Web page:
A passenger stepping into a taxicab in Miami-Dade County will soon be able to track the route electronically, whiz down expressways without stopping for tolls and, at the end of the trip, pay with a credit card.
OK, cutting-edge it is not. But the technological gadgetry, approved Wednesday, will mark the first extensive reforms in years to Miami-Dade County’s highly regulated taxicab industry.
County commissioners, fed up with complaints from tourism and business leaders about Miami-Dade’s lackluster taxicab service, signed off on a slew of measures intended to improve passengers’ experience.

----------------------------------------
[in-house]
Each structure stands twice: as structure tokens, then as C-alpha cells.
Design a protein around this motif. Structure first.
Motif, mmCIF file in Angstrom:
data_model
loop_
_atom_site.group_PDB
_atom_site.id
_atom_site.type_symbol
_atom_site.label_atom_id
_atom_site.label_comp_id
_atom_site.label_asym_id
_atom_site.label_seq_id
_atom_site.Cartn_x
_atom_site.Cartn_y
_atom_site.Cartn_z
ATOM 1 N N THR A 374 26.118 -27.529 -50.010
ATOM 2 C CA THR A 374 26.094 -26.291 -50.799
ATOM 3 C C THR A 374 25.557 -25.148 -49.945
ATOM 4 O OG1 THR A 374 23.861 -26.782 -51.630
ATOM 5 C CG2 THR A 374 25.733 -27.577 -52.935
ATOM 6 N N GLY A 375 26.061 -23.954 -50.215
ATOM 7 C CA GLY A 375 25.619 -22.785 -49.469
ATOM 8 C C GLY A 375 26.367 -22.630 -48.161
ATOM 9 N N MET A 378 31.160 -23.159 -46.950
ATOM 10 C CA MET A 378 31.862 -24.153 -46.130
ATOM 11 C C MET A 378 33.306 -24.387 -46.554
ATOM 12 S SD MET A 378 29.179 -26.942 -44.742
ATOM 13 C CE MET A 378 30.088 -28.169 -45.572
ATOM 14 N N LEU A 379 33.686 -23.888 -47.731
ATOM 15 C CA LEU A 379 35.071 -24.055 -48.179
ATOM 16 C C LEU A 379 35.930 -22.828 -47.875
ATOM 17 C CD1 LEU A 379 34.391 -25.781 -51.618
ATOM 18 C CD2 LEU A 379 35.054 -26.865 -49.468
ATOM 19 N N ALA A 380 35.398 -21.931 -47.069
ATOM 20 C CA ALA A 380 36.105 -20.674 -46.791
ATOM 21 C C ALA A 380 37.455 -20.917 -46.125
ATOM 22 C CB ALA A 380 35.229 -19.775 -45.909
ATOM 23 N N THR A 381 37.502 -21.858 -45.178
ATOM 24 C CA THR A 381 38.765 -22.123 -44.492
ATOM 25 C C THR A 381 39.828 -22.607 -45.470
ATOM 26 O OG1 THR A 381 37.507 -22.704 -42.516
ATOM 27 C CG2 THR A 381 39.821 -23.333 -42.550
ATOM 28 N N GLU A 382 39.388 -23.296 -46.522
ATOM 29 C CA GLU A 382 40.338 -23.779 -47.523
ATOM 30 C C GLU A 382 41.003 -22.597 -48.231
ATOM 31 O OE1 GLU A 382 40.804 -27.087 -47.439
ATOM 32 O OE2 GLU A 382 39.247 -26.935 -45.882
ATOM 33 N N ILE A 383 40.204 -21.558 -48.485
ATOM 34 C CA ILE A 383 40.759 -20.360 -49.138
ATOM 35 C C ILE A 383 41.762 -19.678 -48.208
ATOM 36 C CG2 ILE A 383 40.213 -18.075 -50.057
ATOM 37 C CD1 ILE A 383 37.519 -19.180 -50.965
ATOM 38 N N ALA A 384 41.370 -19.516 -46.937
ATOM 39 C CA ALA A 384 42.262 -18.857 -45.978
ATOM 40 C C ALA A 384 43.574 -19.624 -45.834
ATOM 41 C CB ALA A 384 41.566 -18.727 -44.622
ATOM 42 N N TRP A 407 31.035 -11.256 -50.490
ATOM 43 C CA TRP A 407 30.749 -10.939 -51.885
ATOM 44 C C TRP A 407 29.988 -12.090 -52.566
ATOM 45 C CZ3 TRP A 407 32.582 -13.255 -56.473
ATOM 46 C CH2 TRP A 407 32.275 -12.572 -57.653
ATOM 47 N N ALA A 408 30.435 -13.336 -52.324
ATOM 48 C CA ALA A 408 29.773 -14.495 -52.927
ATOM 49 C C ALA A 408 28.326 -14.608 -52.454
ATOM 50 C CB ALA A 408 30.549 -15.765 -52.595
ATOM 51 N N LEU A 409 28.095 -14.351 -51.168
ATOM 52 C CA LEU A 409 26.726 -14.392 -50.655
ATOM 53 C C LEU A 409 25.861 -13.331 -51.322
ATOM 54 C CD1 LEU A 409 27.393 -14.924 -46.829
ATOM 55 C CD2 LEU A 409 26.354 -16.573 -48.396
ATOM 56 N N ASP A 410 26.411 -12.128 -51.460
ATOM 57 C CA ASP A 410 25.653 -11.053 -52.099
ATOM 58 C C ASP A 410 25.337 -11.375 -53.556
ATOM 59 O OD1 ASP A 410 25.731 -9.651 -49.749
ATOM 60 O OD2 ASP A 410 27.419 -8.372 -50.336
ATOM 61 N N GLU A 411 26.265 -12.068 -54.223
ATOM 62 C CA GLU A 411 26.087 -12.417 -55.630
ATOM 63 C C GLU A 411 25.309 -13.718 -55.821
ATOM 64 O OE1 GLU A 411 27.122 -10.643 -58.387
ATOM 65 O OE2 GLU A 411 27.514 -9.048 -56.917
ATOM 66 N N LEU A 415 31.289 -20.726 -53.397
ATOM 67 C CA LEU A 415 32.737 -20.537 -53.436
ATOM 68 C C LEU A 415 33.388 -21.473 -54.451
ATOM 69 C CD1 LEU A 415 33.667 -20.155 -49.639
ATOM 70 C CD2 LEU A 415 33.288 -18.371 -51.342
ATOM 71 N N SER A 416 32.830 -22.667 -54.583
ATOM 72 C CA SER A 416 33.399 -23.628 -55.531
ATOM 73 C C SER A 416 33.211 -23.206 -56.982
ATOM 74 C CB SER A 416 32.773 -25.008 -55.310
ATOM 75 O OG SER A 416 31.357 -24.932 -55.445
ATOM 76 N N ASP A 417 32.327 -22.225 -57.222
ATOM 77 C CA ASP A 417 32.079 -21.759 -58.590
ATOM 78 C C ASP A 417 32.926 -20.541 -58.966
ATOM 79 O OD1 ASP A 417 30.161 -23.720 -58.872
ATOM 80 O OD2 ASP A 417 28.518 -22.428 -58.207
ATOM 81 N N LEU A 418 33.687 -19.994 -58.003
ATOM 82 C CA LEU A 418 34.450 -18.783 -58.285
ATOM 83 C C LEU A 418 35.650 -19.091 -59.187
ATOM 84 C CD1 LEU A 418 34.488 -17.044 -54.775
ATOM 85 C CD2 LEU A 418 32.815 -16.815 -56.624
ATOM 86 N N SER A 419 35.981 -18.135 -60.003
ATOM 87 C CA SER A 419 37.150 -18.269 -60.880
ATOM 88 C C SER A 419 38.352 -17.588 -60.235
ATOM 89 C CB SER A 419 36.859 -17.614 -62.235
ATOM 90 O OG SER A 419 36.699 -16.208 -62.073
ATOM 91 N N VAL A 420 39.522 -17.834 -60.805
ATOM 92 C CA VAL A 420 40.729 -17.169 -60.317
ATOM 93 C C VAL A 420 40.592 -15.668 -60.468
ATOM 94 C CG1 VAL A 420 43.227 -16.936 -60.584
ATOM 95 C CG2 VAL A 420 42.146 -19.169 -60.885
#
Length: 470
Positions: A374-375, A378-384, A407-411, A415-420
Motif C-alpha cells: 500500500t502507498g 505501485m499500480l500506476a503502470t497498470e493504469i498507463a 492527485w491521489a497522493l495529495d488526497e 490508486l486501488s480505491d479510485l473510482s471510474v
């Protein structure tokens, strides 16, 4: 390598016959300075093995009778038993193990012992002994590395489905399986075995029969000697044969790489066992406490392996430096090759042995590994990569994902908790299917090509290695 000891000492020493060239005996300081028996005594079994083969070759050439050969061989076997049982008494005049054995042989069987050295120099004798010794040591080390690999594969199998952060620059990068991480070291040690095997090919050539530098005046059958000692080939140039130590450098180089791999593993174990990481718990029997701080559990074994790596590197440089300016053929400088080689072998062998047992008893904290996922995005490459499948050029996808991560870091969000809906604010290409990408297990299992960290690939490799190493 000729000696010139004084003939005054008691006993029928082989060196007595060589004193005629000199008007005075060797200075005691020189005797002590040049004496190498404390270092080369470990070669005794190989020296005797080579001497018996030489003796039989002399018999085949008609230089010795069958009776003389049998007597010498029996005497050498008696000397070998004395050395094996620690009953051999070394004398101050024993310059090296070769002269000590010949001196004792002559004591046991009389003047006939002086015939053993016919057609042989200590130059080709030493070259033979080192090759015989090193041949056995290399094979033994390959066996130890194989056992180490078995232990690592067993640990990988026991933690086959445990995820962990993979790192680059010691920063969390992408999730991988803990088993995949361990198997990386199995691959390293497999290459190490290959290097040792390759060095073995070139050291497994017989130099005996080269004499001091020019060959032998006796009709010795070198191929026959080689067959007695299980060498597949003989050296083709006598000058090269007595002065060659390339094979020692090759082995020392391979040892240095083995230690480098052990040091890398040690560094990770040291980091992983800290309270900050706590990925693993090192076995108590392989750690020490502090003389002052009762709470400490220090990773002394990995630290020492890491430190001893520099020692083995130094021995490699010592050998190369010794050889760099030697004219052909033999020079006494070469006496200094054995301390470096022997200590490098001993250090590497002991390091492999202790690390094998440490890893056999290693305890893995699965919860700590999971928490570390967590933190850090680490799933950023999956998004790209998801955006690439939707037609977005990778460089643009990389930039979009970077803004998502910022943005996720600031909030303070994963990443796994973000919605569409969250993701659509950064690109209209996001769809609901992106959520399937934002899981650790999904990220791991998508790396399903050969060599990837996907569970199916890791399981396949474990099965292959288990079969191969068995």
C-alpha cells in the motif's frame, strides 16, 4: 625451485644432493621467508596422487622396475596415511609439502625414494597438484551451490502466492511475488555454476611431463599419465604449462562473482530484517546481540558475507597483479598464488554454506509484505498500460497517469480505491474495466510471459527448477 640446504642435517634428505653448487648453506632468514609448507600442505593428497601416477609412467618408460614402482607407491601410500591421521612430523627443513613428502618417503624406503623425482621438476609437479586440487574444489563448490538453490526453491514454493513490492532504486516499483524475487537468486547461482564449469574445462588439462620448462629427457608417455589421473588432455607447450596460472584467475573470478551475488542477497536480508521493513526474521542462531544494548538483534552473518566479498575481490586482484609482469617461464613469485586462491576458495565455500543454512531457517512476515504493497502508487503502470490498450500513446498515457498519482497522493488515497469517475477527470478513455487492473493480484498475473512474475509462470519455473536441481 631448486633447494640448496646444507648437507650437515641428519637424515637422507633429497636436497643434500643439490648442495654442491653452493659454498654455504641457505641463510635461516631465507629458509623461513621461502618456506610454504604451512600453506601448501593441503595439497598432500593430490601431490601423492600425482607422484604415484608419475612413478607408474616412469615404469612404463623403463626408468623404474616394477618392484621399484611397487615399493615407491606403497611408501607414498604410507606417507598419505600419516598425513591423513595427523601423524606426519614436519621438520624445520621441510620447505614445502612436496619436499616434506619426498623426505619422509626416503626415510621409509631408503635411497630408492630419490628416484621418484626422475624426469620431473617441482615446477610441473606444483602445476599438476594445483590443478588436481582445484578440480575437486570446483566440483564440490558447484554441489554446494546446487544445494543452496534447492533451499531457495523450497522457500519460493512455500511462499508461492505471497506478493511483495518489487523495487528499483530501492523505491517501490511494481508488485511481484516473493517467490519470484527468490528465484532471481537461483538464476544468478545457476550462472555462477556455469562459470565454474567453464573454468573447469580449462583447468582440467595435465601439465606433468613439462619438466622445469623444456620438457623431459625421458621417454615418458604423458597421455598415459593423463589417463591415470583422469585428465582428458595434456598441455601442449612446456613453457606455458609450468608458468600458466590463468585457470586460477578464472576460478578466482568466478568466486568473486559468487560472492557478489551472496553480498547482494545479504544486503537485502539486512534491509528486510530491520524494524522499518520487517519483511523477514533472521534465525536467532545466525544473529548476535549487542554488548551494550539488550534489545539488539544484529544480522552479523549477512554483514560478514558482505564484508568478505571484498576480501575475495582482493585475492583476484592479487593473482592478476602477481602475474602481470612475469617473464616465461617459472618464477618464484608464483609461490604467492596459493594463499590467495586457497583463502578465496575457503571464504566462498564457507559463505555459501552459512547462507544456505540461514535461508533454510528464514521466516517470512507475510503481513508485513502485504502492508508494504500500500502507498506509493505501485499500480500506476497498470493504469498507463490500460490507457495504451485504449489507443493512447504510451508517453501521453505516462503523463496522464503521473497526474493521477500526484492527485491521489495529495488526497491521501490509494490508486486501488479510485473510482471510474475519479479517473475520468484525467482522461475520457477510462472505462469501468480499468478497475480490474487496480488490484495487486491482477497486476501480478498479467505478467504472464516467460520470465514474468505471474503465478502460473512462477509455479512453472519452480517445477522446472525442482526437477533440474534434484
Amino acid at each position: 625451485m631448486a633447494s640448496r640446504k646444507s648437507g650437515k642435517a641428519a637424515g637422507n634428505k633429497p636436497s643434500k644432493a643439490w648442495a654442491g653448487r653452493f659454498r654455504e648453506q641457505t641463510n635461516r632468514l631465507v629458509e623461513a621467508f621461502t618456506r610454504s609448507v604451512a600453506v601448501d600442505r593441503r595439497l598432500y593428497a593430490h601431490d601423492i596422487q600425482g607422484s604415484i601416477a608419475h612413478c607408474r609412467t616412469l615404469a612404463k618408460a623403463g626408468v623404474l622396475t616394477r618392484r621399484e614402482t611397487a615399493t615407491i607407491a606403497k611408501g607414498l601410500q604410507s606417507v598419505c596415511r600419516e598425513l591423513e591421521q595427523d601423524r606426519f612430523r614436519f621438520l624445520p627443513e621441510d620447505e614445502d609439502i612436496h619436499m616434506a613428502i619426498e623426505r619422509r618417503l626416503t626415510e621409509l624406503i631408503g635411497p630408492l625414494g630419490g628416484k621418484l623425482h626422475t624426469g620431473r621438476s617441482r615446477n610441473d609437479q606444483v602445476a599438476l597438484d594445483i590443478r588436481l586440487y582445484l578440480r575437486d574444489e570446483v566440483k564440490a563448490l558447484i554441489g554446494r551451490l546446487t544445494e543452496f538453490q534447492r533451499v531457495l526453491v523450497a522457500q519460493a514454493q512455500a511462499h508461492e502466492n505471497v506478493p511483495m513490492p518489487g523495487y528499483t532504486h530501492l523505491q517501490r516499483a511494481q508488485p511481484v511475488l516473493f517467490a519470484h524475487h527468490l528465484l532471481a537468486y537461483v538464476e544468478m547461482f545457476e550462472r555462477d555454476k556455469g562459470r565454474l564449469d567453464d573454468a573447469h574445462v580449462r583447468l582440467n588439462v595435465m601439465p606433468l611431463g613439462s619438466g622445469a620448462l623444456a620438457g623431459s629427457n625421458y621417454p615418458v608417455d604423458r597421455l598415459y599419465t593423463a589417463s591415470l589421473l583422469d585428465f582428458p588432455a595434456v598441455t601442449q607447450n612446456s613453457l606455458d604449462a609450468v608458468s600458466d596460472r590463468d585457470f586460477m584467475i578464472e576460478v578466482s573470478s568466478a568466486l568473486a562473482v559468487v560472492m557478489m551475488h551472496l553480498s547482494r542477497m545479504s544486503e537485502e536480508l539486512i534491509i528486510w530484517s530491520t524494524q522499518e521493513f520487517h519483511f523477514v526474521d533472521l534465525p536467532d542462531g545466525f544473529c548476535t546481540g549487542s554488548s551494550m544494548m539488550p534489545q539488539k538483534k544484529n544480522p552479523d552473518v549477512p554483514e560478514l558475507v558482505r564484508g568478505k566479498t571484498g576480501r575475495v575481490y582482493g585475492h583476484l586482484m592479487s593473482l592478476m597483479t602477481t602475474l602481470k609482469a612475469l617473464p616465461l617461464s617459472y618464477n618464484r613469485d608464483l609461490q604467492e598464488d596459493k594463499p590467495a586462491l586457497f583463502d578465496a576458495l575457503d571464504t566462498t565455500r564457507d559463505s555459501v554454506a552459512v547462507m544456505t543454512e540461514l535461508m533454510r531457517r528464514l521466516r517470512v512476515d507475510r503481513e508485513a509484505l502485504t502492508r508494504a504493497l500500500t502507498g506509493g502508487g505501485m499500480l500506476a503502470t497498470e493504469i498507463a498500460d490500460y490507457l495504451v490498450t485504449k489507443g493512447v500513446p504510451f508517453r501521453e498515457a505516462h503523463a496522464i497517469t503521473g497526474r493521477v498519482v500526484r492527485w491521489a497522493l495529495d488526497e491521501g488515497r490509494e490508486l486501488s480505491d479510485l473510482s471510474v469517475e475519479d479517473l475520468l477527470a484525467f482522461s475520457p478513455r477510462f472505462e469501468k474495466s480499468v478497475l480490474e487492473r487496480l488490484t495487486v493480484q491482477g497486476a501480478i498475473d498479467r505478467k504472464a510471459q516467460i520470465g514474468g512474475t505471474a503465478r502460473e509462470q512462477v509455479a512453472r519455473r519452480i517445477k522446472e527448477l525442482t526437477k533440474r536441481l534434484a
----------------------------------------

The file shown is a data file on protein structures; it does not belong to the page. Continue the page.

“Changes are coming to this county,” Chairwoman Rebeca Sosa said.
For the first time, the county will require all cabs, within two years, to accept credit cards and, within six months, to install SunPass transponders. Passengers will get a discount if they pay cash.
For the privilege of picking up passengers at the airport and seaport, drivers will have to apply for a special decal and wear collared shirts, long pants and closed-toed shoes.
The changes don’t go as far as some industry critics had hoped for when the reform effort began months ago.